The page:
Sunday, 22 April 2018

Not One, Not Two, Not Even Three....

....but 4 herons have arrived at the pond.
Can you spy the fourth?!
He wandered up the stream into the woods.

They seem to like the spot where the stream
enters the pond.
Only one caught a fish as far as we could see.

They must be wishing they stayed in warmer climes a bit longer.
It is so very cold here still.

One morning the Rusty Pups and I stepped outside
to photograph.  I was barefoot and really regretted that decision!

Stitching on six of the Stone Pathways is done.
Six more to go.

Stitching dots around dotty rocks!

 My little backstitched dots remind me of a dress I had
as a toddler many, many moons ago.
It was made of that cotton lawn Swiss dot fabric
covered in little raised dots.
Perhaps that dress is the reason I grew into a tactile person!
Don't you have to touch everything?
On-line shopping is difficult for people like me!
Have a tactile day!

Monday, 9 April 2018

In the Absence of Thread

 My thread order has arrived
Must say,  it's been fascinating watching it's progress
through the postal system
as it came northwards from Louisiana.

As I waited I worked on new beginnings.
Stitching together new pathways from scraps left over from
last year's stones.
Surprisingly the brown family of scraps seem to belong
with a few precious pieces of silk that I have been saving
for just the right opportunity.

And the greys seem to go perfectly with a couple of linens.

 One of last year's stones was cut out of a favourite grey silk.
I remember at the time being shocked that I would do such a thing.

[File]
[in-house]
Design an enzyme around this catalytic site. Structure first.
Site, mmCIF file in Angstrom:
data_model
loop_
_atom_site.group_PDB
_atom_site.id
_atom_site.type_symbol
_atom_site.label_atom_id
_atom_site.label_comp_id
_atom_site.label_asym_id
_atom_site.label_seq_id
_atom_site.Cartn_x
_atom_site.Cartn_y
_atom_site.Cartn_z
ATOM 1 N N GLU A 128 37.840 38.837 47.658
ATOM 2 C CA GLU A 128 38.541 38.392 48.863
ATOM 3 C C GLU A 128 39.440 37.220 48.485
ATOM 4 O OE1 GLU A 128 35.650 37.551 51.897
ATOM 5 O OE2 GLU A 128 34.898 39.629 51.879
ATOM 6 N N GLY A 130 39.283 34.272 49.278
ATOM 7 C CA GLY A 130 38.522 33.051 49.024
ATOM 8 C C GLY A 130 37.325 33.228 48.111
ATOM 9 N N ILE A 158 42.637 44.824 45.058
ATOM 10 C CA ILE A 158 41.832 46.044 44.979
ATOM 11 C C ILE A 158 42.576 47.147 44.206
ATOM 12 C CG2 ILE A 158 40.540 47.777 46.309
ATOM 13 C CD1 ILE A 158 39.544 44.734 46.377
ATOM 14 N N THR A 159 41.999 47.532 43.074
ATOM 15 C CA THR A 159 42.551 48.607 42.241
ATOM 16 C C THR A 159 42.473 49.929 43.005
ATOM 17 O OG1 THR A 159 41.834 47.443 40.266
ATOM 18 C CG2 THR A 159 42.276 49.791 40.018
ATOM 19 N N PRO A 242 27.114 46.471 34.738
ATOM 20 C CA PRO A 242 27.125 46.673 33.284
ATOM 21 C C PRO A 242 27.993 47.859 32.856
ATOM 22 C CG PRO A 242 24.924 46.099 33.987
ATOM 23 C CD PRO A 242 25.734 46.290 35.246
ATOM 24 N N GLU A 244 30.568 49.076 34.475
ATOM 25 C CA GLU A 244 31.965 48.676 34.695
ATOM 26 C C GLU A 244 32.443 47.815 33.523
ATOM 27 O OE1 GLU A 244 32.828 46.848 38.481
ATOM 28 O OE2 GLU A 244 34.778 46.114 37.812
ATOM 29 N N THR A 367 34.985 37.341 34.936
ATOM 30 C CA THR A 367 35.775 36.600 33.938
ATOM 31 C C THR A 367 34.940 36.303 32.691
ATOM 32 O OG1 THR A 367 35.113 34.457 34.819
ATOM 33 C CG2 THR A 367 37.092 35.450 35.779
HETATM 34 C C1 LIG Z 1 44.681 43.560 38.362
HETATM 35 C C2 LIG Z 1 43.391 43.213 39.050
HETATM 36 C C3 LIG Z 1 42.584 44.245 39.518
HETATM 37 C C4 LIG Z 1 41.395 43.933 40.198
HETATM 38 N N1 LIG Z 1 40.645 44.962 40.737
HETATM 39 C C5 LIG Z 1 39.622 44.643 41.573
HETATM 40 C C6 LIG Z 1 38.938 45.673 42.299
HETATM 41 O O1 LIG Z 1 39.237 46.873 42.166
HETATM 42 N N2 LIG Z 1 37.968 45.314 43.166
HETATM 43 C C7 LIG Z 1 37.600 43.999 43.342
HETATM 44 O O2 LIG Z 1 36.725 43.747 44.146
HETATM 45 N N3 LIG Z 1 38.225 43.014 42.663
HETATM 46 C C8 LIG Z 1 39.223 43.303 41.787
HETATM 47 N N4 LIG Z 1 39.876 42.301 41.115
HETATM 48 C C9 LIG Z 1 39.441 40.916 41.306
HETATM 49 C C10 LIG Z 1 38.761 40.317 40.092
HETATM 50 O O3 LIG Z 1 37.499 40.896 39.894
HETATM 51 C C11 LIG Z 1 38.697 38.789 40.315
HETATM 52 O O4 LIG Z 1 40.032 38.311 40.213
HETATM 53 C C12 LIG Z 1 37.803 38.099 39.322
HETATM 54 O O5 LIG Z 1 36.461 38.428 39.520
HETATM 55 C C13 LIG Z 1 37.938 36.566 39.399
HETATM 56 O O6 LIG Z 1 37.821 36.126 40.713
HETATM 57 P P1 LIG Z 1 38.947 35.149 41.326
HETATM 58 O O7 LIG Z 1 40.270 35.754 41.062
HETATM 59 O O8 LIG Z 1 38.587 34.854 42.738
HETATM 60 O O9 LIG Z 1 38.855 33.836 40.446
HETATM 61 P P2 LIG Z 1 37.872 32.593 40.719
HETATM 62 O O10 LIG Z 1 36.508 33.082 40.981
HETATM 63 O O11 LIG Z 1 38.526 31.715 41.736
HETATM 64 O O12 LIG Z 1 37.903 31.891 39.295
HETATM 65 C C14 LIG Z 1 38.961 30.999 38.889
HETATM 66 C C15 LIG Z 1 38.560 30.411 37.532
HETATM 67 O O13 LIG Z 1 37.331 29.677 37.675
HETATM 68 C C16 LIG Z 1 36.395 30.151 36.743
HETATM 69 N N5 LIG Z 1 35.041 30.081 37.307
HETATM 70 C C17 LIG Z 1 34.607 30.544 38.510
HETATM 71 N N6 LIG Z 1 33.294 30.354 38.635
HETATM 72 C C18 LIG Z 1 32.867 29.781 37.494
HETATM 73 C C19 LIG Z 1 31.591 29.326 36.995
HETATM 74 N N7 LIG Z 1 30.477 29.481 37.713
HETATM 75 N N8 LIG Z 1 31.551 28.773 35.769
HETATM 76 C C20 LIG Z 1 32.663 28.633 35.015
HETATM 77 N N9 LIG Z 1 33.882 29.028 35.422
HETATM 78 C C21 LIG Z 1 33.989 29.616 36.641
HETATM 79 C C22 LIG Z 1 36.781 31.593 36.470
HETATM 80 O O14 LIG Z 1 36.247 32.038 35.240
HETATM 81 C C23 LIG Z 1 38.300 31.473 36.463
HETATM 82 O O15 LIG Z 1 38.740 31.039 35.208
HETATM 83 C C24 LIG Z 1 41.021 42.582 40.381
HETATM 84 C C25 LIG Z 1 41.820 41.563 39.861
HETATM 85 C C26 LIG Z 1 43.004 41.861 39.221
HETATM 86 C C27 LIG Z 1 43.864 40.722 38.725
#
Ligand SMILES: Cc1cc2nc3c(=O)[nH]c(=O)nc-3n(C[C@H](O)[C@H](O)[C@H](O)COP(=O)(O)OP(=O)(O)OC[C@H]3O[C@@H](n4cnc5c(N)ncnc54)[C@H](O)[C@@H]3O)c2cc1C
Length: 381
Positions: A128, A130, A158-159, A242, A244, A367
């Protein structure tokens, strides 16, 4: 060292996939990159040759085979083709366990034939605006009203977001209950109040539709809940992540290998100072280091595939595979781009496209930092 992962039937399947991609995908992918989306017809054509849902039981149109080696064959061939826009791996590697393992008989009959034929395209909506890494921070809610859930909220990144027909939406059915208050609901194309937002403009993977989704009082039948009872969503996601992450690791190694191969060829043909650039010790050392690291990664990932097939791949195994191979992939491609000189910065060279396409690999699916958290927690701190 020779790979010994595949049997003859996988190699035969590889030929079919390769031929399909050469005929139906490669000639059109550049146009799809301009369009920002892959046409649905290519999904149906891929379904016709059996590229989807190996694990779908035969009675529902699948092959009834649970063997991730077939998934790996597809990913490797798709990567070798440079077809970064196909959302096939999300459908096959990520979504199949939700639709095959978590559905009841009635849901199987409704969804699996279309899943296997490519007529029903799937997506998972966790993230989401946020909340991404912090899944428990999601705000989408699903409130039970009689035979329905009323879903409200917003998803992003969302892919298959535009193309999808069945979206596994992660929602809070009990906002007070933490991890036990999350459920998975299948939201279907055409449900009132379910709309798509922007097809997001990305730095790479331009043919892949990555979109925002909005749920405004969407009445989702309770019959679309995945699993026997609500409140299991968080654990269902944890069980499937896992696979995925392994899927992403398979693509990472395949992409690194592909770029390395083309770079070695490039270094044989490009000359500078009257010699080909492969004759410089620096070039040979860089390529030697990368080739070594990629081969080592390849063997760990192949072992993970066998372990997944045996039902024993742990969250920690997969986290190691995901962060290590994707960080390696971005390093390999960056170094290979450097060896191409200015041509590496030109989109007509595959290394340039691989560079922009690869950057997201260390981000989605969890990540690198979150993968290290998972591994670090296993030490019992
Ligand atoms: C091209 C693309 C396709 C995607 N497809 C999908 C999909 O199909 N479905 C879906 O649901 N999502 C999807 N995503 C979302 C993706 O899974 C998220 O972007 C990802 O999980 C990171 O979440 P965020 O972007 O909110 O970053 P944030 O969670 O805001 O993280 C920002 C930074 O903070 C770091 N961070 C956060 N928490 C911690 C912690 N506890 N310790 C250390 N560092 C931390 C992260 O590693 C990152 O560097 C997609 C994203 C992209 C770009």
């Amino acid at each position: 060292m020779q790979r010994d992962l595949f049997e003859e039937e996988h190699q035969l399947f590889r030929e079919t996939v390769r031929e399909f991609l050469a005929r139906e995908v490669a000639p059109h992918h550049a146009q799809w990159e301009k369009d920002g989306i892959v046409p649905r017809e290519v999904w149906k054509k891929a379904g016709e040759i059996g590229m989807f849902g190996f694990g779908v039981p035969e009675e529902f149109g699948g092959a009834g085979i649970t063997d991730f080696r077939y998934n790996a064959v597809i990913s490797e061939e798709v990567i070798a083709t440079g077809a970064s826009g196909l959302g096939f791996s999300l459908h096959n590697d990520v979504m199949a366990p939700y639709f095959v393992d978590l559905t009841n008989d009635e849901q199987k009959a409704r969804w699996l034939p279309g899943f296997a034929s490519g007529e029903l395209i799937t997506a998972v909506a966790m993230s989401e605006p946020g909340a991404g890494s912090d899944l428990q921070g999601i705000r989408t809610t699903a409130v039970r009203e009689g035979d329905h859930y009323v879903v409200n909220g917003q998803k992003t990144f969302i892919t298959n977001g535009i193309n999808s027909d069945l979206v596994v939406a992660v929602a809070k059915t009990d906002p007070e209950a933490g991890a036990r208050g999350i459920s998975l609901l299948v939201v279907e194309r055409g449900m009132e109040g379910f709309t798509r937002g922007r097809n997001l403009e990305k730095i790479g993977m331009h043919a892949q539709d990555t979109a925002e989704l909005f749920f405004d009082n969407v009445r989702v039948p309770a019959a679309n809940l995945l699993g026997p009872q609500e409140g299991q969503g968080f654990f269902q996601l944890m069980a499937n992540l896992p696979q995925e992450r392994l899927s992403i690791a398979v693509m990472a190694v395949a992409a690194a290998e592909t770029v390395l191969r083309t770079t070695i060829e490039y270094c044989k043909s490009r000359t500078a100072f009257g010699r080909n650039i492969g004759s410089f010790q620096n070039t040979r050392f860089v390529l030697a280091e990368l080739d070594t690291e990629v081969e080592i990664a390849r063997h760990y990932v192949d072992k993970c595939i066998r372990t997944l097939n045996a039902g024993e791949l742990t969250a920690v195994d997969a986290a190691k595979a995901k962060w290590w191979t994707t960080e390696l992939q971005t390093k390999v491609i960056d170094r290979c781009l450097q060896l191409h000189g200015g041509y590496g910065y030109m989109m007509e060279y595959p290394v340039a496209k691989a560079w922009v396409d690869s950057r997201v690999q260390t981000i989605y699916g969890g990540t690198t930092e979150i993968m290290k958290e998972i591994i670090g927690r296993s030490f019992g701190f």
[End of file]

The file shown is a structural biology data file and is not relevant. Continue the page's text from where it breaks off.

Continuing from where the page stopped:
Recently I came across the silk amidst the stone scraps
and was shocked once again to see a great big round hole in it!
So decided now is the time to honour it in it's entirety.
 I have been thinking a lot about darning and mending recently.
My initial thought was to just darn the hole
but then....

....I spied a square of ruching that has been looking for just the right home.
It fit perfectly over my stoney hole
and I like it.

Three new pieces to in their infancy.

But for now back to stitching Stone Pathway backgrounds.

Monday, 26 March 2018

When You Run Out Of Thread....

....You take the opportunity to work on
other (and thank goodness smaller) commitments.
Small 10" squares for a show
"East Meets West"
organized by

To my surprise I think this one is finished
despite the fact that it is not covered in stitch
from edge to edge.

On the other hand this one is certainly
stitched to the max.

....Then you move on to start new work.
I have saved all the small offcuts from "Stone Pathways".
This break from stitching has allowed me to organize them
into colours and....

 ....and arrange them onto 2" squares....

....then sew them together
into what could end up as a stone or cobbled pathway?

And with time to breathe this week
you sit and appreciate wonderful linens
given to you by a friend.
Thank you Andrea!

Winter seems to have arrived in Spring this year!
I am freeeeezing
Perhaps next week the snow and the cold will go away.

Eagerly awaiting my thread order
needed to finish "Stone Pathways".

Monday, 12 March 2018

Tiptoeing Around Some Old Favourites

Three done
Nine more to go

I am enjoying rediscovering old favourites
as I stitch around them.

Love this colouring in between the lines
Need to explore this style further I think.

Silk allows tiny stitches
and takes the natural dye so deliciously.